At the Vintage 21 Women’s Conference, “Freed Hearts, Captive Minds”, I chose to attend the breakout session, “Breaking Free from Guilt and Shame”, led by Natalie Holm. This session was designed to show differences between guilt and shame, show us the role the two play in our Christian lives, and teach us more about repentance.
Guilt vs. Shame
In a nutshell, Natalie started the session by saying “Guilt is about what you’ve done, shame is about who you are.” Up until this point, I had never taken the time to dissect the two in my life. Although I often feel guilt whenever I don’t live up to the call of God, I have rarely felt a sense of shame of who I am. The following quote included in Natalie’s study guide caused me to stop and consider if this could be because I have a less-than-biblical view of sin.
If you have a less-than-biblical view of sin and its effects on you, it may be tempting to conclude that the shame can be remedied by merely affirming yourself. It goes something like this; you are sorry for what you’ve done, but you don’t feel bad about who you are. But according to the Bible, real guilt results in real shame. And yes, it’s not just a matter of what you do; it has to do with who you are – who you are in relation to God. (Mike Wilkerson, Redemption, 88)
The Good News: The Gospel is for Both Our Guilt and Shame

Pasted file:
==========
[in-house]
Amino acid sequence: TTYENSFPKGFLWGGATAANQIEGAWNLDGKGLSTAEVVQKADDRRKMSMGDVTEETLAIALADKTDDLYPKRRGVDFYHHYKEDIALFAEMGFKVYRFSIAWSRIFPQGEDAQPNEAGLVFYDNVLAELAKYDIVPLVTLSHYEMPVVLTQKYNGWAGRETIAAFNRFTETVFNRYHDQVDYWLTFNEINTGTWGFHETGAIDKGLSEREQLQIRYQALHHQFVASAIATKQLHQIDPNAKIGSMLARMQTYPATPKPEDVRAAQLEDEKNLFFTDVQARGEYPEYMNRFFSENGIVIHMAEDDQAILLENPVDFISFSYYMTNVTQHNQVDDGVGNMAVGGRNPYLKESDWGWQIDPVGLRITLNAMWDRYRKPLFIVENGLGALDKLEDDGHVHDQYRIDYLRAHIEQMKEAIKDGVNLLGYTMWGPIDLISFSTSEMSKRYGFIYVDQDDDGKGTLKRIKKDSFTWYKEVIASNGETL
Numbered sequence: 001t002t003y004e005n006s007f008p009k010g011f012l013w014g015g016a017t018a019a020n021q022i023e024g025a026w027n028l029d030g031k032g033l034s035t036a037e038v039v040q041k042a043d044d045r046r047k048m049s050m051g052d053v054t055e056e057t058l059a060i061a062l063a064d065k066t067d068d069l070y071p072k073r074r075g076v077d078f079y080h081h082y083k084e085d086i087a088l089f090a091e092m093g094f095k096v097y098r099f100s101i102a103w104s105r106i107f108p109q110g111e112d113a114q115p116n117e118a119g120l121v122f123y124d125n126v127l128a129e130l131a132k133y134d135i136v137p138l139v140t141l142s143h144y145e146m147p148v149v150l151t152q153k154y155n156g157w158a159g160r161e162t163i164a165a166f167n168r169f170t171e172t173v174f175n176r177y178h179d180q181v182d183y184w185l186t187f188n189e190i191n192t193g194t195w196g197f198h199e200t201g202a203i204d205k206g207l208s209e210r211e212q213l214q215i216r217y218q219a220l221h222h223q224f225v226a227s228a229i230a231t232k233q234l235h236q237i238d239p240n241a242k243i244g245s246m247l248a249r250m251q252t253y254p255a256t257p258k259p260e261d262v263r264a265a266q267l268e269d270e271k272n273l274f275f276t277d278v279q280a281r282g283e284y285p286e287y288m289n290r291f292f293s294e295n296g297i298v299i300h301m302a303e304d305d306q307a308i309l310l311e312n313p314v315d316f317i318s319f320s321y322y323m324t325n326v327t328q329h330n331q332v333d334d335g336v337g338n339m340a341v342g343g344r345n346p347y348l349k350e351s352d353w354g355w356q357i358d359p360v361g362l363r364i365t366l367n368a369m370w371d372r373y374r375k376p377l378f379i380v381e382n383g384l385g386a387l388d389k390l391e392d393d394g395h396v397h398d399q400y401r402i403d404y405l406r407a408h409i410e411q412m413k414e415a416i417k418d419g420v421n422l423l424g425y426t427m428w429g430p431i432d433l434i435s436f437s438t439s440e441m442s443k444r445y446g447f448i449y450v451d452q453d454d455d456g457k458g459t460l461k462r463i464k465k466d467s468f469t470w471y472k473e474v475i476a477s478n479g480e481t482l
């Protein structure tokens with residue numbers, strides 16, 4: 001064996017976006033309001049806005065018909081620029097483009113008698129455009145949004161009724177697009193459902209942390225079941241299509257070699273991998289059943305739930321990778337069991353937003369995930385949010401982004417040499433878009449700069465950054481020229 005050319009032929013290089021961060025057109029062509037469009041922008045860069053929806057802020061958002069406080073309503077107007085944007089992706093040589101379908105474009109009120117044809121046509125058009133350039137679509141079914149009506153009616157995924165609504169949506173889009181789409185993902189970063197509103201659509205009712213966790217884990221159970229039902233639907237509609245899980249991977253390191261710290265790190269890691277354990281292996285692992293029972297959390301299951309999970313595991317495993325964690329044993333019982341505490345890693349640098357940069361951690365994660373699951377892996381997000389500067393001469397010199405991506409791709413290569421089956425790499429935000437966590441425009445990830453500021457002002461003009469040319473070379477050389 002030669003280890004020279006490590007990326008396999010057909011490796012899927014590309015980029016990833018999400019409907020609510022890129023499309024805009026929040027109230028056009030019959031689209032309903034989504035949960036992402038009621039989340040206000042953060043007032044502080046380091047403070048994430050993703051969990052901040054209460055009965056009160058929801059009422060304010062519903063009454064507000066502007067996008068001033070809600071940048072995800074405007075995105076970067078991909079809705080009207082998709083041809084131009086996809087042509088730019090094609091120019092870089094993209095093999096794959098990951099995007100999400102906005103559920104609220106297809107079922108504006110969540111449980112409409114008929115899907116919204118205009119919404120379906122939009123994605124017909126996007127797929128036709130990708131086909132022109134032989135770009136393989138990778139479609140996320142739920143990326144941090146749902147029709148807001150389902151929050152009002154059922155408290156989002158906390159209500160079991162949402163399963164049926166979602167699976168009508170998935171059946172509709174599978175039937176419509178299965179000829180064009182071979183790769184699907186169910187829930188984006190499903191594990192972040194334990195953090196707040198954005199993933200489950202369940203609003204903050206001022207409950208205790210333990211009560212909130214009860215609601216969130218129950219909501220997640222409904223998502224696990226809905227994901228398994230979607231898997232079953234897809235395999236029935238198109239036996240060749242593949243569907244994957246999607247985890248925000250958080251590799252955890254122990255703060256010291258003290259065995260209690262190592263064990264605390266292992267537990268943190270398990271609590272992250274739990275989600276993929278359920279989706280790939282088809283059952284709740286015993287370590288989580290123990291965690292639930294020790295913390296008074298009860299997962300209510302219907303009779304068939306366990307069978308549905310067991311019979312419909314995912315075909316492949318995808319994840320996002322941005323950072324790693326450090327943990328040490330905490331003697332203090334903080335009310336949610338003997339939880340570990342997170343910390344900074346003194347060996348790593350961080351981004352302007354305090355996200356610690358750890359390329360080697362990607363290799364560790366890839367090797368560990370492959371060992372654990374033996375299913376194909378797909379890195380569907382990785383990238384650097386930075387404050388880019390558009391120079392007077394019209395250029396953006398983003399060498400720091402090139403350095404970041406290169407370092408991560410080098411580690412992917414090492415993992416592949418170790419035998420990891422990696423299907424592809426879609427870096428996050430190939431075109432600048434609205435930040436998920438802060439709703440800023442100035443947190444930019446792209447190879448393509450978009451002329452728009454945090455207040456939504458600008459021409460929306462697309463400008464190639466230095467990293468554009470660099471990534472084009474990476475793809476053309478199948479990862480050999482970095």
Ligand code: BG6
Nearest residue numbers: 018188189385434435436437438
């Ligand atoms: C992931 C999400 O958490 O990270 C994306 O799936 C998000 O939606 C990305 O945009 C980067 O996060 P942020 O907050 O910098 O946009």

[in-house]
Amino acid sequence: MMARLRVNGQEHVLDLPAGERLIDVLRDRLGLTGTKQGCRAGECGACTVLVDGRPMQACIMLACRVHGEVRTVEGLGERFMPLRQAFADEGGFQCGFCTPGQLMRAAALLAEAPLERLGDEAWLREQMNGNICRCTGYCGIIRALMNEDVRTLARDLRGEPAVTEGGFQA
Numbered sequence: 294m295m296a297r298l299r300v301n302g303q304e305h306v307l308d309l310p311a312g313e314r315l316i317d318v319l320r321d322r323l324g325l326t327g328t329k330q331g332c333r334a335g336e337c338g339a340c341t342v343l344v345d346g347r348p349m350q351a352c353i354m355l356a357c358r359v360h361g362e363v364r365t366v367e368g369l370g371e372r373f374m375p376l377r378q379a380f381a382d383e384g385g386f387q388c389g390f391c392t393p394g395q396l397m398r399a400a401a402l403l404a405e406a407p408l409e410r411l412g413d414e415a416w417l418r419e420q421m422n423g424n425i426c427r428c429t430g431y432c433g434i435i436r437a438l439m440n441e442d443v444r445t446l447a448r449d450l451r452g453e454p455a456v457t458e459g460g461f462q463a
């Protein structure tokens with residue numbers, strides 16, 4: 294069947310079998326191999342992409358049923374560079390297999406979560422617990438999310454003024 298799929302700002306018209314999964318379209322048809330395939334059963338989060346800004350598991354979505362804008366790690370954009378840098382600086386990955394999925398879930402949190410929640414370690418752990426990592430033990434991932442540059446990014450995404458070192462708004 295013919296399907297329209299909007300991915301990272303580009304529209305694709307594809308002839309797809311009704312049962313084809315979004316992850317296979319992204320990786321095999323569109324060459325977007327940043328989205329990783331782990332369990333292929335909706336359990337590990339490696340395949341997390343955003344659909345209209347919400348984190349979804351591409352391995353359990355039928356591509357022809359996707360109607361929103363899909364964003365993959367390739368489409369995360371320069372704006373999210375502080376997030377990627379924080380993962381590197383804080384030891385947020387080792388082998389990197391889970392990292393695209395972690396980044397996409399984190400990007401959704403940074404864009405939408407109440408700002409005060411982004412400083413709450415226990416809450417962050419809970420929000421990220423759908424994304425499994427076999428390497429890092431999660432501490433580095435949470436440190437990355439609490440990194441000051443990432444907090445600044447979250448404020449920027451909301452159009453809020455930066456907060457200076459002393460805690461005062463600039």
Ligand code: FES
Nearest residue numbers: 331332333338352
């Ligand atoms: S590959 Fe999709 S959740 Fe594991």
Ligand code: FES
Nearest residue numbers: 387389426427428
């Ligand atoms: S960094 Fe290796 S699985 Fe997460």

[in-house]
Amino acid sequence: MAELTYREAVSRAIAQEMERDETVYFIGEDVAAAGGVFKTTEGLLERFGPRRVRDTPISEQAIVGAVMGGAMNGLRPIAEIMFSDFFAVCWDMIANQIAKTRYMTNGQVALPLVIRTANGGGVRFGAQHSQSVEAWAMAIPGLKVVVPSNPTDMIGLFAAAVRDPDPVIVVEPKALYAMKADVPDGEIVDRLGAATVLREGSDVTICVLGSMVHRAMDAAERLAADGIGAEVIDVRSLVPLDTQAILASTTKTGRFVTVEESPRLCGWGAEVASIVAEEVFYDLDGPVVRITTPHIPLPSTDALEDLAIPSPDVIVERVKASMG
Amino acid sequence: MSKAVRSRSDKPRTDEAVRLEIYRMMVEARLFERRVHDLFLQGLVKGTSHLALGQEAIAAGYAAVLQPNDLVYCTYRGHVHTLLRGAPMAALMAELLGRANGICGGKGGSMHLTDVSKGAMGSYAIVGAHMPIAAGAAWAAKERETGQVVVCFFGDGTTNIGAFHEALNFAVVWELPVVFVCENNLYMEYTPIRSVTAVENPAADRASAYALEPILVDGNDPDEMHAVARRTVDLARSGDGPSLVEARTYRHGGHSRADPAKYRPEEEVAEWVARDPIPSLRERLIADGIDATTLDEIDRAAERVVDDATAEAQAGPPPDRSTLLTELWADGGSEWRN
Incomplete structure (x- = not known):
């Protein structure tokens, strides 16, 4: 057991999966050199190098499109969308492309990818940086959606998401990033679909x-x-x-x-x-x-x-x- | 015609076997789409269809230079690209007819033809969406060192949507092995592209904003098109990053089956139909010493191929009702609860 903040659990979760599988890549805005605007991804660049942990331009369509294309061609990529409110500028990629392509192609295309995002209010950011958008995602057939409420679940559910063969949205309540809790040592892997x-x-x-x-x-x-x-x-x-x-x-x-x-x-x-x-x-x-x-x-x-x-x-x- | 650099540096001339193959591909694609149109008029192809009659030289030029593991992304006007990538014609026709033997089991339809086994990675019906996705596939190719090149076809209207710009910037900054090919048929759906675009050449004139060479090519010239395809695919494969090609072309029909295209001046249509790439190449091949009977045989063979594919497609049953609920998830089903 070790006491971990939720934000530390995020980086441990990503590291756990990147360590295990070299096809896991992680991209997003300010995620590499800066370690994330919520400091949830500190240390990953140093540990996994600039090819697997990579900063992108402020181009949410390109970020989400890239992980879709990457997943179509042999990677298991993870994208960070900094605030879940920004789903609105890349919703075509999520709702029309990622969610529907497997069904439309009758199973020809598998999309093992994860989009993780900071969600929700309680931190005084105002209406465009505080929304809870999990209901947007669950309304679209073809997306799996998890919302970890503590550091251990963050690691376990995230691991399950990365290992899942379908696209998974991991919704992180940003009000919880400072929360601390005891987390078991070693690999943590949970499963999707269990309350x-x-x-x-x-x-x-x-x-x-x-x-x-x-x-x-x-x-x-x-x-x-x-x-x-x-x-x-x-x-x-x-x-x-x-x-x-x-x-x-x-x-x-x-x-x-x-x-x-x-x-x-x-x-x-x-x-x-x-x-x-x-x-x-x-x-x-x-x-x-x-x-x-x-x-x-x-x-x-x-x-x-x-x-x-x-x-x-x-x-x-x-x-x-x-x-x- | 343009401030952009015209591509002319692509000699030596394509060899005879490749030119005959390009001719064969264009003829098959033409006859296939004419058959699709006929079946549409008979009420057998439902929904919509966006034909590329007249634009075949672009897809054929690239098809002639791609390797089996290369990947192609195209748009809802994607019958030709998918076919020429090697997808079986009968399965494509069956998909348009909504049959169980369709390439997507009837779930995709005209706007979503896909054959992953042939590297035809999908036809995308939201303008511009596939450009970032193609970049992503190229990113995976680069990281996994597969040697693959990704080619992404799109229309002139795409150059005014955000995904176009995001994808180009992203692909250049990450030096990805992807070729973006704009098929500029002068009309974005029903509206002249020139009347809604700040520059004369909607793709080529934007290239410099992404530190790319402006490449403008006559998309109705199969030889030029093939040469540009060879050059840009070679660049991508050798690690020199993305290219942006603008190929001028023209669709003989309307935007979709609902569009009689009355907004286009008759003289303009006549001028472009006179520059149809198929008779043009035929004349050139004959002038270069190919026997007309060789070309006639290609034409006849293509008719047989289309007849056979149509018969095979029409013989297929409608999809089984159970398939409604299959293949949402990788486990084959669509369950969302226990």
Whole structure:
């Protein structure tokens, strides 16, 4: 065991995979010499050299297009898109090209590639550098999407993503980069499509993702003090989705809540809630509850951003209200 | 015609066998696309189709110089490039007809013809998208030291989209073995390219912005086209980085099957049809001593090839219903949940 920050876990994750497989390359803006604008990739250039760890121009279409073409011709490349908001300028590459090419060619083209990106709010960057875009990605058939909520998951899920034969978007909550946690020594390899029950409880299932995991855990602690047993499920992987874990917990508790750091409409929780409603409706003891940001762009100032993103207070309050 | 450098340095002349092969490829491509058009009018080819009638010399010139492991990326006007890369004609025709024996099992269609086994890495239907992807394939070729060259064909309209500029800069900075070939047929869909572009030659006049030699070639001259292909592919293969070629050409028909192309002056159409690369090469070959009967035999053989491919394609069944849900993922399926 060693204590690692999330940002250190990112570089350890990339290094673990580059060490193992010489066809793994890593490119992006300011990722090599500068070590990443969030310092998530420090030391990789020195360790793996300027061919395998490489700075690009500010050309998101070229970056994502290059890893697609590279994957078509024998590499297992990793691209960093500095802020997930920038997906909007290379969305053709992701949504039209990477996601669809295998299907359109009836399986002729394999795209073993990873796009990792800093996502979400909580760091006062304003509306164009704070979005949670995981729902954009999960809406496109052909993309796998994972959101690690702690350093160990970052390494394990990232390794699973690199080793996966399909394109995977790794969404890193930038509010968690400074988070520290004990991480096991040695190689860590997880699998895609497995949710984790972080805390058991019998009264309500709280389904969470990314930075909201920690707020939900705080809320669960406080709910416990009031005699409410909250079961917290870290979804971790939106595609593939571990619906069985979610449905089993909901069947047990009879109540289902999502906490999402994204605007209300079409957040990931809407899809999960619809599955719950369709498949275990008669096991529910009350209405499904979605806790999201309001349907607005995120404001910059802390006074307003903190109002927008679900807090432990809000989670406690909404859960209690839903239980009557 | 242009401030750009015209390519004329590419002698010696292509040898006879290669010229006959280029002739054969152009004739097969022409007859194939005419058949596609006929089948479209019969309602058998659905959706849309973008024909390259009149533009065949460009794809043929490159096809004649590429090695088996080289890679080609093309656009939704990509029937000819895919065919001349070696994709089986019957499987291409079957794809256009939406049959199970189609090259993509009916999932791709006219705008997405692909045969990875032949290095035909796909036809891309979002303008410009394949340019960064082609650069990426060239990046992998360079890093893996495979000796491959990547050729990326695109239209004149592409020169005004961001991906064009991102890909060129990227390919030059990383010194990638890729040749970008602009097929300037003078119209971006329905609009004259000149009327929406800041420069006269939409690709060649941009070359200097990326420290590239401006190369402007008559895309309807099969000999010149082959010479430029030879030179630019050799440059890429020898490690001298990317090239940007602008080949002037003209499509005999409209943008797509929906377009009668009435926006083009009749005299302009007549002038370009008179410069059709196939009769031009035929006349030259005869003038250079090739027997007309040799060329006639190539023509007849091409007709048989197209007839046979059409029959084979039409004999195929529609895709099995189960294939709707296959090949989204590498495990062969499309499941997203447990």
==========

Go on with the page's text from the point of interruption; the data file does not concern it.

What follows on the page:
The very good news from this session is the reminder that my guilt (and even my new-found shame) do not define my identity in Christ. Instead of looking at my guilt and shame as baggage, I should look at them as opportunities to glorify God. What good news it is to know that our recognition of our shortcomings leads us to a cross of immediate reconciliation and grace.
When we see ourselves in light of the Gospel we can see that we’ve all done terrible things (guilt), and are separated from God (shame). The cross makes a way for our sins to be forgiven (no more guilt) and it also enables us to be reconciled to the Father (no more shame). If shame is primarily about who we are, then we must hold tight to our new identity in Christ.
Remorse vs. Repentance
So how do we handle our guilt and shame? How do we bring it to the feet of Jesus? We must start with learning the distinction between remorse and repentance. Natalie noted the following distinction between the two:
- Remorse: Typically me-focused. Leads to lots of wallowing.
- Repentance: Moves you toward God, doesn’t skew the image of who you are.
If you know me, I’m a wallower. This session made me realize that I often deal with my sin by believing that if I roll around enough in my guilt and remorse that it will somehow make me right with God. How often we need to look to the glory of the cross to appropriately see our standing with God and come to a right relationship again.